The U.S. and China have agreed to roll back tariffs on each other’s goods in phases as they work toward a deal, members of both sides said.
“In the past two weeks, top negotiators had serious, constructive discussions and agreed to remove the additional tariffs in phases as progress is made on the agreement,” China’s Ministry of Commerce spokesman Gao Feng said Thursday.
White House economic advisor Larry Kudlow later confirmed the advance in negotiations. “If there’s a Phase 1 trade deal, there are going to be tariff agreements and concessions,” he told Bloomberg.
Kellyanne Conway, senior White House advisor, also said Thursday that President Trump is anxious to sign the deal. The negotiations are ongoing and a time or place for any signing of a pact is yet to be determined.
If the two countries “reach a Phase 1 deal, both sides should roll back existing additional tariffs in the same proportion simultaneously based on the content of the agreement, which is an important condition for reaching the agreement,” Gao said.
It’s not clear that such an understanding has necessarily been reached: The Wall Street Journal reported that according to two unnamed people familiar with the Trump administration’s thinking, there’s no agreement on a formal plan to roll back tariffs.
An agreement could help provide a road map to a deal de-escalating the trade war that’s cast a shadow over the world economy. China’s key demand since the start of negotiations has been the removal of punitive tariffs imposed by Trump, which by now apply to the majority of its exports to the United States.
Stocks rallied, with Hong Kong’s Hang Seng Index climbing 0.6%. European and U.S. shares rose. The yuan strengthened.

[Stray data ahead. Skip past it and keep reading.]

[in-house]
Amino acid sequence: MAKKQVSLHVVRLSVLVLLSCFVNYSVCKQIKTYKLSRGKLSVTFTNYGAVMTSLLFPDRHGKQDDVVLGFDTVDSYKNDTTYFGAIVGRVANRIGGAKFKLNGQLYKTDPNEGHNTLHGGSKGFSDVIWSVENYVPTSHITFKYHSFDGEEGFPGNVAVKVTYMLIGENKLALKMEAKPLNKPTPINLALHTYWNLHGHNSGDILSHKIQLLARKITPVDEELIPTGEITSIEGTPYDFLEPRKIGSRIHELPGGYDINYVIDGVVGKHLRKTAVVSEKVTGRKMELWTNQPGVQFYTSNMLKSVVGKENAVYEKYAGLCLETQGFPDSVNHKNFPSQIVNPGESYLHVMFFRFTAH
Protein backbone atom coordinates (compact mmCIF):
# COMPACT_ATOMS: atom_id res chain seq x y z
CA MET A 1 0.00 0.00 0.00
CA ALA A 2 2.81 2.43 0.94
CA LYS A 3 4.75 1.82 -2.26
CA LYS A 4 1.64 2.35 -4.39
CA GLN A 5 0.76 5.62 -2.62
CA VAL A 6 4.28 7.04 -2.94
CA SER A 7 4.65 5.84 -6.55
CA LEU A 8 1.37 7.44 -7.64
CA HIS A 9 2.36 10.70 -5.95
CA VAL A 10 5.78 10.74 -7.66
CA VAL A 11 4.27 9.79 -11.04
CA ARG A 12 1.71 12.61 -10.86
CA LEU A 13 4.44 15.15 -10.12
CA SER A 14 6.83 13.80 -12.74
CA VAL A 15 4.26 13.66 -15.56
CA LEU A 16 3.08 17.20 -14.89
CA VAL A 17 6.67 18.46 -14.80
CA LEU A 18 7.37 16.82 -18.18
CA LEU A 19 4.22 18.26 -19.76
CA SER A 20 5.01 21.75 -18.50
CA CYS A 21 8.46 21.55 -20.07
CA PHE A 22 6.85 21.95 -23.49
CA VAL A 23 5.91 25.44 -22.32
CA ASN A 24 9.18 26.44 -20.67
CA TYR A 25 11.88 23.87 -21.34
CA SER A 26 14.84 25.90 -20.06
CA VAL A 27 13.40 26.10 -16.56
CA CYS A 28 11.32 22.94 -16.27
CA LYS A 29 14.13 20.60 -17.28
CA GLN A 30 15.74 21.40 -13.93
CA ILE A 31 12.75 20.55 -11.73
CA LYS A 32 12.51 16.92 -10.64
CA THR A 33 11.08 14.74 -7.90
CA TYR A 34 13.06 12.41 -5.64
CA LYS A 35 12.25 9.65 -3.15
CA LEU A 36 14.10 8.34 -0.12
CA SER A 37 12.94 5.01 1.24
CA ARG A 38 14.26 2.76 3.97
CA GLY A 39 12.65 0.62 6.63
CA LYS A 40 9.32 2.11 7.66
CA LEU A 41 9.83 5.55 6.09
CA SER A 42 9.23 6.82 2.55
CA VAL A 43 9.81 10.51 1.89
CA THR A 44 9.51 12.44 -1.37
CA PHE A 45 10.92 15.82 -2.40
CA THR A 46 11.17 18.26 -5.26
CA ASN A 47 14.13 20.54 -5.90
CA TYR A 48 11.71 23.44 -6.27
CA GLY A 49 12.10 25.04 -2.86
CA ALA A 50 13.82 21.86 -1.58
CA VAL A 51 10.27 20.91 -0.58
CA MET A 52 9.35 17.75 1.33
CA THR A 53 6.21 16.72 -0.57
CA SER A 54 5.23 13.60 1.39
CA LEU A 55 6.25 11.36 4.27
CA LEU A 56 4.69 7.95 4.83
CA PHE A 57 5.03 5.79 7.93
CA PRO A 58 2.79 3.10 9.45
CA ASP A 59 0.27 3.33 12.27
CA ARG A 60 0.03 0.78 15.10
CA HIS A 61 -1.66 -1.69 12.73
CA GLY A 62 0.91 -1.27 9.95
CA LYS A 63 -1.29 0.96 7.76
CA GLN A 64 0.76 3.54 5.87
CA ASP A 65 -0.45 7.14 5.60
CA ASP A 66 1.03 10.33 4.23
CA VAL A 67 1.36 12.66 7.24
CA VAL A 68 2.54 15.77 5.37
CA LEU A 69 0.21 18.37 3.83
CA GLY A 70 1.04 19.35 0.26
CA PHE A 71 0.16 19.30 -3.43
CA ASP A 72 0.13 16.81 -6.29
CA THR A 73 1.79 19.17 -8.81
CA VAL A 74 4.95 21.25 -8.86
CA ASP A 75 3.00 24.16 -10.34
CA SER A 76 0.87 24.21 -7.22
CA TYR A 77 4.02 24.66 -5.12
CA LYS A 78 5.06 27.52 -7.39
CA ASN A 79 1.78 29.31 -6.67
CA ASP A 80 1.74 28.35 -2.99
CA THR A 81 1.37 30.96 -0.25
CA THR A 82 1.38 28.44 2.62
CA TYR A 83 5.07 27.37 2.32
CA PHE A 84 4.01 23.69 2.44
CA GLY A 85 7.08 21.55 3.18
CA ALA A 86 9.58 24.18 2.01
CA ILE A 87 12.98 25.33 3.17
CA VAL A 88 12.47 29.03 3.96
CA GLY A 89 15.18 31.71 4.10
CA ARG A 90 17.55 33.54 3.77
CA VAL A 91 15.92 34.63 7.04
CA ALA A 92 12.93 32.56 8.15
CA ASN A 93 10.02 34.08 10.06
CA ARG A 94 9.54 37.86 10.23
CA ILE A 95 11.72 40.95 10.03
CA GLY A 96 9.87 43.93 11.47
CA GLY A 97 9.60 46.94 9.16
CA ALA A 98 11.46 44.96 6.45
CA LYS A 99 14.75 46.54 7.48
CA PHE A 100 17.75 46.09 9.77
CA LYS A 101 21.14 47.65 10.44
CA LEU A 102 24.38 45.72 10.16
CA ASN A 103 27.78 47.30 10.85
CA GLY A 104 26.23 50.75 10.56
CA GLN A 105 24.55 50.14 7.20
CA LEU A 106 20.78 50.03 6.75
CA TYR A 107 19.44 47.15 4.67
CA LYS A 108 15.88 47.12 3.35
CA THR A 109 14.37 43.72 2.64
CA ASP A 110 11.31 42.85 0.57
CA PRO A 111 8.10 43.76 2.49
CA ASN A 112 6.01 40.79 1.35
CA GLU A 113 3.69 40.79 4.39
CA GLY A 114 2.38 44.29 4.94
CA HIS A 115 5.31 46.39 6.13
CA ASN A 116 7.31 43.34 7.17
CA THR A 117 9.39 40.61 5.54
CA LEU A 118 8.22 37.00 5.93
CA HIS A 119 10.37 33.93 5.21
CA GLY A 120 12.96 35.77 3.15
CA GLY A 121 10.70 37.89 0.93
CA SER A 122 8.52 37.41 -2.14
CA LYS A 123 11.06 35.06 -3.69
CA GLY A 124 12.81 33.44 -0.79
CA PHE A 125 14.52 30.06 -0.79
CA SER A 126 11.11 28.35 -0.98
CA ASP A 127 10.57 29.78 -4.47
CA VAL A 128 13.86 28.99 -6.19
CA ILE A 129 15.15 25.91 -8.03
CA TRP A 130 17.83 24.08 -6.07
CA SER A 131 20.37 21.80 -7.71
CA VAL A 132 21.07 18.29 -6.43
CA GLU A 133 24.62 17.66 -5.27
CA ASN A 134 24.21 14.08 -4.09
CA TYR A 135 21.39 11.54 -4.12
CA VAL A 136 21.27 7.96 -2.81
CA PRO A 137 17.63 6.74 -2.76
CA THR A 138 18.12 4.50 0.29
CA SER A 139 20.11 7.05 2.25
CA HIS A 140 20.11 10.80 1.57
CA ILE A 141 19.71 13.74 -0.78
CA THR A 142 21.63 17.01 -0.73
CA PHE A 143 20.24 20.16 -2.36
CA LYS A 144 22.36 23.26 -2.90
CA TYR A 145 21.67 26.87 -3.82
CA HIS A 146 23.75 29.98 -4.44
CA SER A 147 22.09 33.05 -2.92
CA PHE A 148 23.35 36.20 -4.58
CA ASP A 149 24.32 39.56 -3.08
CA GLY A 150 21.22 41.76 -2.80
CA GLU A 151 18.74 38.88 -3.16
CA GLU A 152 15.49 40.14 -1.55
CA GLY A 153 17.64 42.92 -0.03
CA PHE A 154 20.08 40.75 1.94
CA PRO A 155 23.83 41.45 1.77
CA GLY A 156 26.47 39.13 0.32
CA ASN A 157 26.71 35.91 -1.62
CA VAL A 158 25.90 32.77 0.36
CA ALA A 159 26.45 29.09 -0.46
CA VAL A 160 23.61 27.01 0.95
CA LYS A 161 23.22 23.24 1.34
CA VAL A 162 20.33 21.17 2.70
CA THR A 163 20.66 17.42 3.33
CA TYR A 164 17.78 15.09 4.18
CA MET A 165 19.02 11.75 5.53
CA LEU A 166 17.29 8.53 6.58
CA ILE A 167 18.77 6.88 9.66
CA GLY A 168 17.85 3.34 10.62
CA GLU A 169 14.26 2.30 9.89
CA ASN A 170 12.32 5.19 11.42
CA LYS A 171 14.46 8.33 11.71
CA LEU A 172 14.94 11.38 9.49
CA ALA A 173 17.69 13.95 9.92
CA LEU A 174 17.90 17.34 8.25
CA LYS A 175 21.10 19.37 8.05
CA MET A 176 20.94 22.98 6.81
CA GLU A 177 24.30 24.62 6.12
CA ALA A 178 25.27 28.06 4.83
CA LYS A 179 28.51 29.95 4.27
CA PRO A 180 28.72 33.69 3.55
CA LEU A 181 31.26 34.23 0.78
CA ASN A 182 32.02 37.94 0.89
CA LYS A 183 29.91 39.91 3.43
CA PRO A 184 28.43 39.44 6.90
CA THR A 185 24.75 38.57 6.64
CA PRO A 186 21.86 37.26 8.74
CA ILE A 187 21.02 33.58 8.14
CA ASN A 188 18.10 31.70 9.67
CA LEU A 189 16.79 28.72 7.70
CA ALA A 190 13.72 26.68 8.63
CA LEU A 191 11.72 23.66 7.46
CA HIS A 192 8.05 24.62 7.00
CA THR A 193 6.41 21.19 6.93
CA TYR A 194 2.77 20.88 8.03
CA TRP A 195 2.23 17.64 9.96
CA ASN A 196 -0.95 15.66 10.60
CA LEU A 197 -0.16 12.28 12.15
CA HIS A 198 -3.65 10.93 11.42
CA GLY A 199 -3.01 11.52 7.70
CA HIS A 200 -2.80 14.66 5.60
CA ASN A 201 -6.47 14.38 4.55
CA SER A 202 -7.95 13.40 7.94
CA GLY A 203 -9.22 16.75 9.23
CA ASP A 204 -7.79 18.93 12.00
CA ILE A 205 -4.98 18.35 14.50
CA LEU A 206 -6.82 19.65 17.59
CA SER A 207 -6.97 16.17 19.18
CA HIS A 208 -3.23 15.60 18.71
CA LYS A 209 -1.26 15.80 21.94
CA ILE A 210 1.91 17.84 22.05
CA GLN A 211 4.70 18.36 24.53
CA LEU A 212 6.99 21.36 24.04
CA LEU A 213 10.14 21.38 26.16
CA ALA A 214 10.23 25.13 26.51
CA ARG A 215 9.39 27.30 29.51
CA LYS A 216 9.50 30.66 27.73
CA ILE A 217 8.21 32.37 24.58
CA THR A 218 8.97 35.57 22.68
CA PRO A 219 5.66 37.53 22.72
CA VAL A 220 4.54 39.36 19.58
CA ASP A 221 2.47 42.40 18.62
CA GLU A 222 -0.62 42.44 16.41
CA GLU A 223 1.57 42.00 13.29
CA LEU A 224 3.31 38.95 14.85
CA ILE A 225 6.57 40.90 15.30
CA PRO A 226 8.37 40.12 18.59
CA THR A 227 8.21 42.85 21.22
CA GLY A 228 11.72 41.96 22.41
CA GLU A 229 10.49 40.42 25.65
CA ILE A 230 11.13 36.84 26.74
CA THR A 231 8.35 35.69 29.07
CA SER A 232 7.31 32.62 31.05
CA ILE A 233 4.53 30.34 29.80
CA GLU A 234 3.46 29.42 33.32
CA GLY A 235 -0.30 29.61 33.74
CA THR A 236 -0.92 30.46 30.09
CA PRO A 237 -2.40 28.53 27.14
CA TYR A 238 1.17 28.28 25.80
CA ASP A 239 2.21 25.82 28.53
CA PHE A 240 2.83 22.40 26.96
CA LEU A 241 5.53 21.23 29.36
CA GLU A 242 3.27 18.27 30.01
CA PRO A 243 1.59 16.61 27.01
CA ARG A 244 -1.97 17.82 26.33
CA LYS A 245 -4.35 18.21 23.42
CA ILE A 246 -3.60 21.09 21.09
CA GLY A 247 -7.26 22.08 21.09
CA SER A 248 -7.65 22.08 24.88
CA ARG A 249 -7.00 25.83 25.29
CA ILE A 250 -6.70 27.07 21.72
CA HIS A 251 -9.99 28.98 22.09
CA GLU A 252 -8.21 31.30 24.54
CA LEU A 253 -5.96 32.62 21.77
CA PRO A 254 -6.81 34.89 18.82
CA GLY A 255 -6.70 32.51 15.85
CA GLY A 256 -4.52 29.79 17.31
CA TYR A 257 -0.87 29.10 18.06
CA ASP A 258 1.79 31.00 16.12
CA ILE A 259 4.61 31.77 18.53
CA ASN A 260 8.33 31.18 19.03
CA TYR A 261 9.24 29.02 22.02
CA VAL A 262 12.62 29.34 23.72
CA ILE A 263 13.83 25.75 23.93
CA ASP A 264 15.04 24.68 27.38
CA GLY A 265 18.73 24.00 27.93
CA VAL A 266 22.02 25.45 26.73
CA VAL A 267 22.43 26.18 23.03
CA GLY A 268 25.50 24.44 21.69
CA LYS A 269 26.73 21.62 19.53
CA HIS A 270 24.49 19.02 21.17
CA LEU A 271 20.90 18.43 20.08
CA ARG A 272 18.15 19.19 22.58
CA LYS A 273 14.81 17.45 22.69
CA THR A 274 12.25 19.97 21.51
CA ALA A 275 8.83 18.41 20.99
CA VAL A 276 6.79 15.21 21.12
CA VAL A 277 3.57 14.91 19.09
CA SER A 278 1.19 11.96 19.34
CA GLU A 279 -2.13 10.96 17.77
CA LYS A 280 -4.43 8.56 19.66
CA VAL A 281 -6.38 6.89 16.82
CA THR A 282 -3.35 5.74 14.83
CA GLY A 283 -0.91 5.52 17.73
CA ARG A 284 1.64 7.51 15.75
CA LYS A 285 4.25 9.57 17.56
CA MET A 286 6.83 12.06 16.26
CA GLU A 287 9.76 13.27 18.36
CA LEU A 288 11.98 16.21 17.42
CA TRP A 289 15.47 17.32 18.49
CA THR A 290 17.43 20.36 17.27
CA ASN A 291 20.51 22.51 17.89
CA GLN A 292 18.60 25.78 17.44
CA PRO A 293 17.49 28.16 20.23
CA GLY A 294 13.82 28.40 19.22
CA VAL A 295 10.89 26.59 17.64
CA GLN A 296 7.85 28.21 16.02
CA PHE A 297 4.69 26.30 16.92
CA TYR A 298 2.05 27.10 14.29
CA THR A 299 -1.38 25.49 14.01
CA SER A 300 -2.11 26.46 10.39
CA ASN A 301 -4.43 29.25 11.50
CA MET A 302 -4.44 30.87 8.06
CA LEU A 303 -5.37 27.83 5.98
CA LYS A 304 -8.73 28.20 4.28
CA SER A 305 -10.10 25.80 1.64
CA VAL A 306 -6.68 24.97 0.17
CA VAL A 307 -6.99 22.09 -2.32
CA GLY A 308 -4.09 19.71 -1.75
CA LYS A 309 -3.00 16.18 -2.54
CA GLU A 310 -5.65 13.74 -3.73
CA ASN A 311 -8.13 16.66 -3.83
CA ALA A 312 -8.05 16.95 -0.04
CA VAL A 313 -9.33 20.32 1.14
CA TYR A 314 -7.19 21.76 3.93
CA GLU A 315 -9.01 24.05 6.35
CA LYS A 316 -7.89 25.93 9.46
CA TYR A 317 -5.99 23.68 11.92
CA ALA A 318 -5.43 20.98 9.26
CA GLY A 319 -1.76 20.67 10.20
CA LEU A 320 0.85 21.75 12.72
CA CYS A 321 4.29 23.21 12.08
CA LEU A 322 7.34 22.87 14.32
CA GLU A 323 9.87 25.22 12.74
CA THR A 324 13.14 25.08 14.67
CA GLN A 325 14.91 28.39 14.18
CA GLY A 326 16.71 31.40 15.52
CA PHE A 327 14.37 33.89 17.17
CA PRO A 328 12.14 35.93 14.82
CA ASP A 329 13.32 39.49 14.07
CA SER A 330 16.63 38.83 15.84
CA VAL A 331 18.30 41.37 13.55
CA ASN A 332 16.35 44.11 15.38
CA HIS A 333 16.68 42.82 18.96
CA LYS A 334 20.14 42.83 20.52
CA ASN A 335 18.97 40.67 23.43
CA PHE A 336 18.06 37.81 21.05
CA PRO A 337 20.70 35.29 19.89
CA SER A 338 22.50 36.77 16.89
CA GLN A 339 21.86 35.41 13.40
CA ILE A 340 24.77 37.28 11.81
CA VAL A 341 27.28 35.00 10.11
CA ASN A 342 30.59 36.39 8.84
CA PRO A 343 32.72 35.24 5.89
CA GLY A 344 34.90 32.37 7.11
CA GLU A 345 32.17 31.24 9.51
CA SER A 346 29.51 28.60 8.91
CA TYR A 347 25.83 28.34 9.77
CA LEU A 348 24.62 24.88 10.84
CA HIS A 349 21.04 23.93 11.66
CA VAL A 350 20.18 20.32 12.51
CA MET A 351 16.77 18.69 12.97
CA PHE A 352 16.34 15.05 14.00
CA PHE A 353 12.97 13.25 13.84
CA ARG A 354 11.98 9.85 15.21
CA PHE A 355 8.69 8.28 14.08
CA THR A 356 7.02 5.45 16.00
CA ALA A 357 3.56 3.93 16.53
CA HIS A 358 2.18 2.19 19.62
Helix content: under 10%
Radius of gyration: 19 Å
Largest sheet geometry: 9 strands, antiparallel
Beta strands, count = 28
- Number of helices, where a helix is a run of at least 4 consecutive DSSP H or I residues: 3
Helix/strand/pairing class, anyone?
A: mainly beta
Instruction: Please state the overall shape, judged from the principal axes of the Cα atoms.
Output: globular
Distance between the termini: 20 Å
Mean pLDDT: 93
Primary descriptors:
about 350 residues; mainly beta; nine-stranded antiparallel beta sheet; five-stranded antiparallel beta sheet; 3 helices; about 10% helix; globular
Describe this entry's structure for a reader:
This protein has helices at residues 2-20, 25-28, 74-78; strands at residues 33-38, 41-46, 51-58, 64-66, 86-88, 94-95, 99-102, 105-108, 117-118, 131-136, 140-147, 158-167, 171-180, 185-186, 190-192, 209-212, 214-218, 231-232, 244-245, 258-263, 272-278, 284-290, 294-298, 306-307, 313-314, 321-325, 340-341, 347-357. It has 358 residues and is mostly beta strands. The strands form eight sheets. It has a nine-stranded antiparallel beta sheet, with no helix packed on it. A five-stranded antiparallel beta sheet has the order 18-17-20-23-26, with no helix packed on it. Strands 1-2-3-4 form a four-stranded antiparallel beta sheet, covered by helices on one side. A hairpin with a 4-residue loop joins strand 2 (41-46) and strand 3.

“The question right now is what the two sides have actually agreed on — the market’s focus has shifted to how the U.S. may react to China’s tariff remarks tonight or in coming days,” said Tommy Xie, an economist at Oversea-Chinese Banking Corp. “Investors are still cautious.”
The two sides continue to negotiate over where and when a Phase 1 deal would be signed. Gao said he had no further information on the location or timing.
U.S. locations for a meeting between Trump and Chinese President Xi Jinping that had been proposed by the White House, including Iowa and Alaska, have been ruled out, according to a person familiar with the matter. Locations in Asia and Europe are now being considered instead, the person said, asking not to be identified because the discussions weren’t public.
On Thursday, China sentenced three nationals to maximum punishments for smuggling fentanyl to the United States. That was one of its highest-profile moves yet against the illicit flow of opioids that Trump has made a bone of contention in broader trade talks between Washington and Beijing.
In another move, China’s General Administration of Customs and its Ministry of Agriculture are studying the removal of curbs on U.S. poultry imports, state-run news agency Xinhua reported without providing more details.
Trump administration officials in recent days have expressed optimism that the first phase of a comprehensive trade deal might come together this month, helping boost equity markets to records this week.
Given repeated reversals in the trade war, which has gone on more than a year, investors are waiting for further confirmation of progress between the two sides.
“I am skeptical on how fast the progress will be,” said Iris Pang, economist with ING Bank in Hong Kong. “How fast the rollback will be is critical to get material and long-lasting positive sentiment for the market as well as for both economies.”